Brown said while he expects turbulence this year, he has warned that the political standoff cannot continue for too long. Saying “”It’s definitely going to be turbulent, the negotiations for 2021 and beyond. I think they’re doing all the right things commercially”
“It would be unfair to think they will to score a 10/10 on everything. They’re going to learn but I’m happy with all the efforts and incremental things they’re trying.”
“I think the FIA and Liberty need to move quickly so we can have as little or as short a time of negotiations because they will be turbulent, so the longer that goes the more disruptive it becomes.” Brown says that the sport needs to be prepared for new manufacturers and teams.
While three of the four manufacturers are in agreement on the engine proposals, they have differing views on a future cost cap and the planned redistribution of revenues.
Away from the manufacturers, teams such as McLaren and Red Bull also hold strong views on the key areas F1 management wants to address.
Brown believes Liberty and the FIA need to be clearer in explaining the finer details of its vision if it wants manufacturers and teams to converge on a set of ideas.
Halo can withstand a double-decker bus
Mercedes technical director James Allison says the Halo head protection device can take the weight of a double-decker bus. However, added that incorporating into the car has posed a “significant challenge” due to its weight and impact on aerodynamics.
In a video released online, the Mercedes chief has revealed the level of force the new-look car needs to withstand. He said, “We had to strengthen the design of the chassis so it would be able to take roughly the weight of a London double-decker bus sitting on the top of this halo.”
“To make sure it would be strong enough to withstand the type of event that it’s designed to protect the driver’s head against.” The device has been manufactured by a Dutch company so that all teams run a standardised version. However, teams are allowed to add fairings to improve aerodynamics.
Speaking to Sky Sports, Renault boss Cyril Abiteboul admitted his team viewed the halo as “heavy and not very nice aesthetically” but was confident the look of the safety device would improve in years to come.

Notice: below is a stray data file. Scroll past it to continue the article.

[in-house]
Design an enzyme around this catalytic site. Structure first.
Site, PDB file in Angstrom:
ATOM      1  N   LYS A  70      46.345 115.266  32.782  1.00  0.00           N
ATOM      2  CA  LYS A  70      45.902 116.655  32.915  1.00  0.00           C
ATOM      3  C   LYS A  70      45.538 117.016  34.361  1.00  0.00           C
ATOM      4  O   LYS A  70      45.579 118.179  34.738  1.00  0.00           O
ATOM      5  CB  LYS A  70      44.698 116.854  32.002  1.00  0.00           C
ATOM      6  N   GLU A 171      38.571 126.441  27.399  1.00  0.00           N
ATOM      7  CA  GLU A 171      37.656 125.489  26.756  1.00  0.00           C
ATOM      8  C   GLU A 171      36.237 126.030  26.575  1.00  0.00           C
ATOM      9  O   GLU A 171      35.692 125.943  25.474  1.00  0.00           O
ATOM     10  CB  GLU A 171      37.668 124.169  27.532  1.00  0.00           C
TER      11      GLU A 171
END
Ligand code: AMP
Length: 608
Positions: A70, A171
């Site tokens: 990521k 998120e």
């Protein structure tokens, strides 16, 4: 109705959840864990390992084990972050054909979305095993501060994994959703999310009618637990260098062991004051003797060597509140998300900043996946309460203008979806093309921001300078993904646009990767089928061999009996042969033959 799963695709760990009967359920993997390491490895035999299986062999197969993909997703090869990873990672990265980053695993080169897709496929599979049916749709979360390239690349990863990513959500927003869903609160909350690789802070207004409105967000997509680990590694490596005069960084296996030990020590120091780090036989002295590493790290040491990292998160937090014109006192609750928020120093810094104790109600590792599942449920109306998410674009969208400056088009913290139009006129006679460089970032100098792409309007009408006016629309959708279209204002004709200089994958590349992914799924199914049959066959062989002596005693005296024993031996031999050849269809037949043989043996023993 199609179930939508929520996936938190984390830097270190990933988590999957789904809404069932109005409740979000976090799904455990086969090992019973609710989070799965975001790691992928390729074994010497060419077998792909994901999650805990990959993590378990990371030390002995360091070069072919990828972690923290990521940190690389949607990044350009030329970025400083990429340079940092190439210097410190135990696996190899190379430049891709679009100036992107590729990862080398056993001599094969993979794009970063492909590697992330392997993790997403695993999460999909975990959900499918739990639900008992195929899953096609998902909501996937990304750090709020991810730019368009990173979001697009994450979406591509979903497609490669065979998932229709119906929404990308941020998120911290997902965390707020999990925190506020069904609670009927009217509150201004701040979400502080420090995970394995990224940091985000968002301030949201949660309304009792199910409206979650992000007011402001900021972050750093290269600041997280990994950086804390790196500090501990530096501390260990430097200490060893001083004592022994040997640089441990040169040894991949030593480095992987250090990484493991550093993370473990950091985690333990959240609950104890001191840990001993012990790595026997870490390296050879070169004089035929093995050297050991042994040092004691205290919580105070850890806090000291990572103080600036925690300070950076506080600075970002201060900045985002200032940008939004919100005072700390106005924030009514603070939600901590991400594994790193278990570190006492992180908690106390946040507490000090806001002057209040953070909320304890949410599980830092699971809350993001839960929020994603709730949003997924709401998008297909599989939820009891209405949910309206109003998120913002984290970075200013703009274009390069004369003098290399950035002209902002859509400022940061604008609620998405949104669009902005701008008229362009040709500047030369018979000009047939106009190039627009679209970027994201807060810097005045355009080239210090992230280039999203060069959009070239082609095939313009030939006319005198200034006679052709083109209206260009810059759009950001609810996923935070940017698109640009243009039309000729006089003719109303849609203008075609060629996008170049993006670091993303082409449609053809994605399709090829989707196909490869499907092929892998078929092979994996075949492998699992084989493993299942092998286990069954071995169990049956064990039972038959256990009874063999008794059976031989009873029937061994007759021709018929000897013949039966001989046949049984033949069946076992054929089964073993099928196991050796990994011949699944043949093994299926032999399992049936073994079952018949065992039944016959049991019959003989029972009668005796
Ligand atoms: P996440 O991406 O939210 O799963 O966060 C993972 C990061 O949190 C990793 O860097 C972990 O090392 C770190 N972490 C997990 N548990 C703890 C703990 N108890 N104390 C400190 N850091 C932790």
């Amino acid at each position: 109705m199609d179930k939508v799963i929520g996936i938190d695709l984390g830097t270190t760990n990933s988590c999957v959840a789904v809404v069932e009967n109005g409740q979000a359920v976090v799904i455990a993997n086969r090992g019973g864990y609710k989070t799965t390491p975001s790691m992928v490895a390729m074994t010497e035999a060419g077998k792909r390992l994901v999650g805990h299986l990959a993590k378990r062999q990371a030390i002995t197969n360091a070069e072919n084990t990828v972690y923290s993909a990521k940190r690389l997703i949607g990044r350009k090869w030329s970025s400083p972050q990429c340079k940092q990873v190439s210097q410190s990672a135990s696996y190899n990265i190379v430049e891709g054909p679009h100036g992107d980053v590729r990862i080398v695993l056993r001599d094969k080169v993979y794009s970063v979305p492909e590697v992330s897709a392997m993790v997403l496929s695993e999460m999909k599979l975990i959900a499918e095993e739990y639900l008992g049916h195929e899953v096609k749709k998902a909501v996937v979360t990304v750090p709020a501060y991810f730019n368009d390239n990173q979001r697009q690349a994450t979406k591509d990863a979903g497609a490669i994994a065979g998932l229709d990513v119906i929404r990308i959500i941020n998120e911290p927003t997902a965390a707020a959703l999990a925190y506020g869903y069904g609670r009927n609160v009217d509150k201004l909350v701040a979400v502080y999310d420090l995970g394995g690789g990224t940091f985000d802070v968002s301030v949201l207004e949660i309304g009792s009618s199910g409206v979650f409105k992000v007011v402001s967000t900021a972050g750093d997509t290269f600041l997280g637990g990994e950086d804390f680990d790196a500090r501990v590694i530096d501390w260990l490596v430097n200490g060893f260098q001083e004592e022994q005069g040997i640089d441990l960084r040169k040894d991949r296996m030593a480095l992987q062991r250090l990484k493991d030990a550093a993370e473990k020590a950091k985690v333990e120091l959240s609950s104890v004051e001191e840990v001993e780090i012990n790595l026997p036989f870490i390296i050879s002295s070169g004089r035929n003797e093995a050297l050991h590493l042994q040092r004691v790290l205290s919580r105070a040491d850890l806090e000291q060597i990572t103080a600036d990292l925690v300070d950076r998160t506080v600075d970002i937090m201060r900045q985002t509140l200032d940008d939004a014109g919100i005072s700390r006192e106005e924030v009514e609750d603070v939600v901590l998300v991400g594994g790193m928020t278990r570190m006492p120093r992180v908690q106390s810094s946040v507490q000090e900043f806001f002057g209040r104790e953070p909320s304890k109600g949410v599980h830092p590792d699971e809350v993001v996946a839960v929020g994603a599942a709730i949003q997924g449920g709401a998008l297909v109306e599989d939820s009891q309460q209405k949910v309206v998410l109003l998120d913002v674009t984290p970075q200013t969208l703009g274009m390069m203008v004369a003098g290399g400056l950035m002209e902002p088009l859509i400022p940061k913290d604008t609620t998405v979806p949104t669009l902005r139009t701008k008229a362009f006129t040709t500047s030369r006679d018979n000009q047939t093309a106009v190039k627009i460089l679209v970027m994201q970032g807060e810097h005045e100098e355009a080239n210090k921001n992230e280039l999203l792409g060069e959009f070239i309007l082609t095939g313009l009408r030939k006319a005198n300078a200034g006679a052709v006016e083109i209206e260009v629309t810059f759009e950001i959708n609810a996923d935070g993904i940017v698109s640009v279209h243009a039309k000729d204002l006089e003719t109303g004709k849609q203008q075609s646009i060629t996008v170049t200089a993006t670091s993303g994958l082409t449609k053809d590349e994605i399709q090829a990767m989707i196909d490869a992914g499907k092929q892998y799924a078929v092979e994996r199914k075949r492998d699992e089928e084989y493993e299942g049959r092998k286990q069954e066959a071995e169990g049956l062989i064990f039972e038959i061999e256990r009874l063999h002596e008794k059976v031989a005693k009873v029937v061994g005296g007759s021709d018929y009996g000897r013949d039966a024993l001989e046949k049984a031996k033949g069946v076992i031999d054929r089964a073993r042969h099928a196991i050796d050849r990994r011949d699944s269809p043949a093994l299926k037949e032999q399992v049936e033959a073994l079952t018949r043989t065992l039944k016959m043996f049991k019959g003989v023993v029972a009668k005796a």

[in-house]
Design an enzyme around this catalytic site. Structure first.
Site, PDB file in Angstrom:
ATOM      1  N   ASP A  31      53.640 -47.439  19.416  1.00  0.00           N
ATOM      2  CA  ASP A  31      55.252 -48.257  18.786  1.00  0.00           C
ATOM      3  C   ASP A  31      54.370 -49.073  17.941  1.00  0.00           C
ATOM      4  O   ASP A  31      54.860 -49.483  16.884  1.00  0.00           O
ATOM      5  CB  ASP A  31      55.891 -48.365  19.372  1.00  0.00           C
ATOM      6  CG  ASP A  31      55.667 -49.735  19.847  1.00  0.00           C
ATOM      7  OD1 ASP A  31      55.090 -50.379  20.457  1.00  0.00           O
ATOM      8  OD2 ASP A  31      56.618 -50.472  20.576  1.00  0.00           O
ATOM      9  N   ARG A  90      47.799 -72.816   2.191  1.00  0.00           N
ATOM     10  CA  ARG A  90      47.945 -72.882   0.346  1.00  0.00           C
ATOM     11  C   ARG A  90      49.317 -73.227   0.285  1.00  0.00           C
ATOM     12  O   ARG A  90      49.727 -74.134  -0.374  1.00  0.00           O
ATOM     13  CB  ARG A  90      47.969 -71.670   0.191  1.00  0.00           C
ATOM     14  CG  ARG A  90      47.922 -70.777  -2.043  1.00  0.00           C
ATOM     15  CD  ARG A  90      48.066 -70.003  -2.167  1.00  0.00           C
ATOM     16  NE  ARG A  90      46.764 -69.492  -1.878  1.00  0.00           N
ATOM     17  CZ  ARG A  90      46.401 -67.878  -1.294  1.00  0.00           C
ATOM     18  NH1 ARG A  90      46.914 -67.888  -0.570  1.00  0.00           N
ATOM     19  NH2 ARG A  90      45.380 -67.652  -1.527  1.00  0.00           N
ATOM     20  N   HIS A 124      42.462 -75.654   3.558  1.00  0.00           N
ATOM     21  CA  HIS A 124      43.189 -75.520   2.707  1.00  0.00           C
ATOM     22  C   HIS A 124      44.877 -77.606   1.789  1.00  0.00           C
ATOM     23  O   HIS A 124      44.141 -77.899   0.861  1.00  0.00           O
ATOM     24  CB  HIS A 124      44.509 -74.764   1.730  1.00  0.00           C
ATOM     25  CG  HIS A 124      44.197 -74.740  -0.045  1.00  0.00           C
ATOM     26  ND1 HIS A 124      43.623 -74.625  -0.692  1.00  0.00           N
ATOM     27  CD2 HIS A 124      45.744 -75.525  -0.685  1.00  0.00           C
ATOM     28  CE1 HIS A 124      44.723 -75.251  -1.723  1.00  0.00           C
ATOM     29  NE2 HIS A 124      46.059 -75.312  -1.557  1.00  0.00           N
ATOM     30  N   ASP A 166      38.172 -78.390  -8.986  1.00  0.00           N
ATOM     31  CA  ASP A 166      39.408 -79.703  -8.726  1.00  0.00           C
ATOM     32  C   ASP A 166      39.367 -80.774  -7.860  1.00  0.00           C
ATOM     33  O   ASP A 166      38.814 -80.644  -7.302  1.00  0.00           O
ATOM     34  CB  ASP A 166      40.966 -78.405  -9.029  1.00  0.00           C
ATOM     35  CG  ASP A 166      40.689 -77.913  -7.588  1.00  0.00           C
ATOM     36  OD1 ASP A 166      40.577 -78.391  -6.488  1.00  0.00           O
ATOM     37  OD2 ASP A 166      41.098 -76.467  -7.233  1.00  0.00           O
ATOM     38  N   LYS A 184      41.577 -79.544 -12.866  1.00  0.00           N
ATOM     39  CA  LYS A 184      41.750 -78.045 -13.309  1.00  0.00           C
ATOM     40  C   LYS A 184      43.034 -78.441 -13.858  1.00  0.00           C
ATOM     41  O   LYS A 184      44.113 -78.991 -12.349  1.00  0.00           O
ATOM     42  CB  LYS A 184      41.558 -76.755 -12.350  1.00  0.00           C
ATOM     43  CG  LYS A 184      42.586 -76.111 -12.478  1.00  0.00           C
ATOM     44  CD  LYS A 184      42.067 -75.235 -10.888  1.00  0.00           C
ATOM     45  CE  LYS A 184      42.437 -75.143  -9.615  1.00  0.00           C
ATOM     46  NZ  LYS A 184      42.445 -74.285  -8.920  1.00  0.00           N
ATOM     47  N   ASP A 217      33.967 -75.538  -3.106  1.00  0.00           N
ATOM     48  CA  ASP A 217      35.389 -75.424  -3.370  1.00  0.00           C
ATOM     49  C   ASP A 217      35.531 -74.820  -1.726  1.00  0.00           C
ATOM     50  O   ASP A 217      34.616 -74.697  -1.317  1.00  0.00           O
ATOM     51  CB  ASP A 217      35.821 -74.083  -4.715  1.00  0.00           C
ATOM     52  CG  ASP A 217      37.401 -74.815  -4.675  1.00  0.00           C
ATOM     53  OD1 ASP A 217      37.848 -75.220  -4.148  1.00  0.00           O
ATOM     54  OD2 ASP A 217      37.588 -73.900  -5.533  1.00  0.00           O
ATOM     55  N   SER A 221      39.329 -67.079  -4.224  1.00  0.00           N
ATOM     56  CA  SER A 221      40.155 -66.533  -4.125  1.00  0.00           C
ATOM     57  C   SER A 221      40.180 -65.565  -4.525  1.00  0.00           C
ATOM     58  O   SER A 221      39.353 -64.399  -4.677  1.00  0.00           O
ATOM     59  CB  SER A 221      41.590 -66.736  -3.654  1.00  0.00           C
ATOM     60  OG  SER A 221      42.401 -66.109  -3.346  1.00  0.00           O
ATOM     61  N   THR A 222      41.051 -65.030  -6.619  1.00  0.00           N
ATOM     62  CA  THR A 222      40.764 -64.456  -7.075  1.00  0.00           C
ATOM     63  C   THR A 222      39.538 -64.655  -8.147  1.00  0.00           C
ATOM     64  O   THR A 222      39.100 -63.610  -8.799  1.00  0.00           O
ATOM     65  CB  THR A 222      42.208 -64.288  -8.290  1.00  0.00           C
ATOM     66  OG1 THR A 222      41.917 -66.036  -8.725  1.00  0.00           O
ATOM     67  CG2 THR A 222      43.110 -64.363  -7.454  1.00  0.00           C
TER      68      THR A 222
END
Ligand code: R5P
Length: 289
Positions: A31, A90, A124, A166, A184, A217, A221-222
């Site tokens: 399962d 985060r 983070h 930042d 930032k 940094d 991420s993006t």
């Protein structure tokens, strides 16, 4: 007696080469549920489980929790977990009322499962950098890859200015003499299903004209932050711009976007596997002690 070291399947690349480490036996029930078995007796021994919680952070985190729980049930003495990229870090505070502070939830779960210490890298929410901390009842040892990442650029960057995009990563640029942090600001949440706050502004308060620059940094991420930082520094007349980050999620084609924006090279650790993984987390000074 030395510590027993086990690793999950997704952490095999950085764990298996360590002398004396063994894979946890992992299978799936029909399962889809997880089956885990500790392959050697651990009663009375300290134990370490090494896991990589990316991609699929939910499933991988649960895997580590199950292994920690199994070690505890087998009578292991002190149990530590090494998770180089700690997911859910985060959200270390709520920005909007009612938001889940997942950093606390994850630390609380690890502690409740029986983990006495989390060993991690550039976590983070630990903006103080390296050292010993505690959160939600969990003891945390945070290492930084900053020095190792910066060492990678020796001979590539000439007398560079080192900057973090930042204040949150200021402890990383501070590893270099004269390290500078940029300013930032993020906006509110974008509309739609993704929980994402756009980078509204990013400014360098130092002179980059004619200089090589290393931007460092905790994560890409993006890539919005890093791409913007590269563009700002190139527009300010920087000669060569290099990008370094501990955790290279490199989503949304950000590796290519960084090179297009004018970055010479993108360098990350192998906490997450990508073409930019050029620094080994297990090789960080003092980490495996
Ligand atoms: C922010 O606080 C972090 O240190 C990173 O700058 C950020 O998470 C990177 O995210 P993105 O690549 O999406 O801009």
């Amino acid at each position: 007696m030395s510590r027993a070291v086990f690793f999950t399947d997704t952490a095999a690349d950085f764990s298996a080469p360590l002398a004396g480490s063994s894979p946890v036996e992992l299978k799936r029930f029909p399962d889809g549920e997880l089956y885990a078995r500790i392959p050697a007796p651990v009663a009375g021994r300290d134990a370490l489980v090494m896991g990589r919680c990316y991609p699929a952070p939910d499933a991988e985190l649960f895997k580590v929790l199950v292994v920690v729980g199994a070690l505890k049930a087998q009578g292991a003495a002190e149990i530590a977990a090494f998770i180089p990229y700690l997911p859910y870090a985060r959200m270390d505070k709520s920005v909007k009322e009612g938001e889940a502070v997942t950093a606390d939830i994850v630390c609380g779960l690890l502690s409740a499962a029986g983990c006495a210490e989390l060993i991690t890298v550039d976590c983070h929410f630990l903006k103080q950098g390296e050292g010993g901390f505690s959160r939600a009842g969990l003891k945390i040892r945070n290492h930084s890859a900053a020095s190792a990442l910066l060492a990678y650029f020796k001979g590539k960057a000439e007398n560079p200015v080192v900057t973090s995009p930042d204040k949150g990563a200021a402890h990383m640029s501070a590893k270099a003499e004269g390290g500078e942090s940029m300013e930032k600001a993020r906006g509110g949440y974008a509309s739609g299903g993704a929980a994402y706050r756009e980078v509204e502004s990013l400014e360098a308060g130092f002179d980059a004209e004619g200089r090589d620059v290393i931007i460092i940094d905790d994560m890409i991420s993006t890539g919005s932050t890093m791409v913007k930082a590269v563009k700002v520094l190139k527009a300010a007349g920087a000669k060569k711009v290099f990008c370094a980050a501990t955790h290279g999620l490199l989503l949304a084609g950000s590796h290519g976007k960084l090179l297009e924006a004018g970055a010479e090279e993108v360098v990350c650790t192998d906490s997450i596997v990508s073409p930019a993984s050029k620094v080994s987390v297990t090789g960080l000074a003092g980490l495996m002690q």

Allison agrees that F1 will find ways to make the halo more visually appealing. He added “Nothing in Formula 1 stands still for long and we will all be taking this first go and trying to improve it.”
Kyalami open to returning if costs are lower
The Kyalami circuit, which held the South African Grand Prix between 1965-1985 and 1992-1993 is unlikely to return to the calendar any time in the near future because of the high costs of hosting a modern-day Grand Prix.
The circuit near Johannesburg was renovated in 2014, bringing it nearer to modern standards. That raised the speculation it might be targeting a return to the calendar. However, circuit chiefs do not believe such a return is possible at this stage.
circuit spokesperson Christo Kruger said “Kyalami would welcome Formula One at the Kyalami Grand Prix Circuit again. We think there’s a heritage that we would like to see back again. I also think the African continent deserves an actual Formula One race again.”
Kruger added that the cost and financially feasible in the current structure. Also, they would be open to making changes however they want to see financially feasible in the current structure.
He said “we are prepared to enter into negotiations and discussions to upgrade or to change the actual the circuit to what is palatable for Formula One racing.”
“It’s an FIA grade two track at the moment, we will upgrade to grade one but there needs to be commitment in terms of a long-term future for Formula One in South Africa”